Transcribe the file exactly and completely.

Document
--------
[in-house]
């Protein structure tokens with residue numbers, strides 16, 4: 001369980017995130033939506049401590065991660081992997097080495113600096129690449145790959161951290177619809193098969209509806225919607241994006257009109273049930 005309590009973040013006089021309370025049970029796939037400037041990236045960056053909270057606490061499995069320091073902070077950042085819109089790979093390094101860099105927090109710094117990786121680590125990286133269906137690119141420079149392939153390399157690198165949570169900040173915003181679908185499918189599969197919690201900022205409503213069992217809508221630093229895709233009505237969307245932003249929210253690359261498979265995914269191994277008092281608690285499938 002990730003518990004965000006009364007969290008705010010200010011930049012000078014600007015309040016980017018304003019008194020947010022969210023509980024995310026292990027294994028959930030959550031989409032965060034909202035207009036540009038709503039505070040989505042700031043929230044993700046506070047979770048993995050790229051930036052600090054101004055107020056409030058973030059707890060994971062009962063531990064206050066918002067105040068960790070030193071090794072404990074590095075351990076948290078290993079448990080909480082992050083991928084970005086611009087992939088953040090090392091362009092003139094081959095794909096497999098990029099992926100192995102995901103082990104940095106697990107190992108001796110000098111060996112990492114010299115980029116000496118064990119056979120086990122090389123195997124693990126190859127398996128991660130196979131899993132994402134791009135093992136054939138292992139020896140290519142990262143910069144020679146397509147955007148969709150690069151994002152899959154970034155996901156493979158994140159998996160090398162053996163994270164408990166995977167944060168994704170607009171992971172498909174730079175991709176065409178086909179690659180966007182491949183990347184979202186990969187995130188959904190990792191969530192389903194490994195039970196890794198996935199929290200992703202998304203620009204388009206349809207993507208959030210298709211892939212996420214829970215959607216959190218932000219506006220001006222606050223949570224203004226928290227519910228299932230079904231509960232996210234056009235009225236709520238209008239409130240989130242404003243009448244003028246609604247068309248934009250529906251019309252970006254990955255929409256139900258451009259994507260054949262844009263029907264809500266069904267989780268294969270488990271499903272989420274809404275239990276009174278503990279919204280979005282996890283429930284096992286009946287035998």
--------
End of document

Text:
[in-house]
């Protein structure tokens with residue numbers, strides 16, 4: 001369980017995130033939506049401590065991660081992997097080495113600096129690449145790959161951290177619809193098969209509806225919607241994006257009109273049930 005309590009973040013006089021309370025049970029796939037400037041990236045960056053909270057606490061499995069320091073902070077950042085819109089790979093390094101860099105927090109710094117990786121680590125990286133269906137690119141420079149392939153390399157690198165949570169900040173915003181679908185499918189599969197919690201900022205409503213069992217809508221630093229895709233009505237969307245932003249929210253690359261498979265995914269191994277008092281608690285499938 002990730003518990004965000006009364007969290008705010010200010011930049012000078014600007015309040016980017018304003019008194020947010022969210023509980024995310026292990027294994028959930030959550031989409032965060034909202035207009036540009038709503039505070040989505042700031043929230044993700046506070047979770048993995050790229051930036052600090054101004055107020056409030058973030059707890060994971062009962063531990064206050066918002067105040068960790070030193071090794072404990074590095075351990076948290078290993079448990080909480082992050083991928084970005086611009087992939088953040090090392091362009092003139094081959095794909096497999098990029099992926100192995102995901103082990104940095106697990107190992108001796110000098111060996112990492114010299115980029116000496118064990119056979120086990122090389123195997124693990126190859127398996128991660130196979131899993132994402134791009135093992136054939138292992139020896140290519142990262143910069144020679146397509147955007148969709150690069151994002152899959154970034155996901156493979158994140159998996160090398162053996163994270164408990166995977167944060168994704170607009171992971172498909174730079175991709176065409178086909179690659180966007182491949183990347184979202186990969187995130188959904190990792191969530192389903194490994195039970196890794198996935199929290200992703202998304203620009204388009206349809207993507208959030210298709211892939212996420214829970215959607216959190218932000219506006220001006222606050223949570224203004226928290227519910228299932230079904231509960232996210234056009235009225236709520238209008239409130240989130242404003243009448244003028246609604247068309248934009250529906251019309252970006254990955255929409256139900258451009259994507260054949262844009263029907264809500266069904267989780268294969270488990271499903272989420274809404275239990276009174278503990279919204280979005282996890283429930284096992286009946287035998």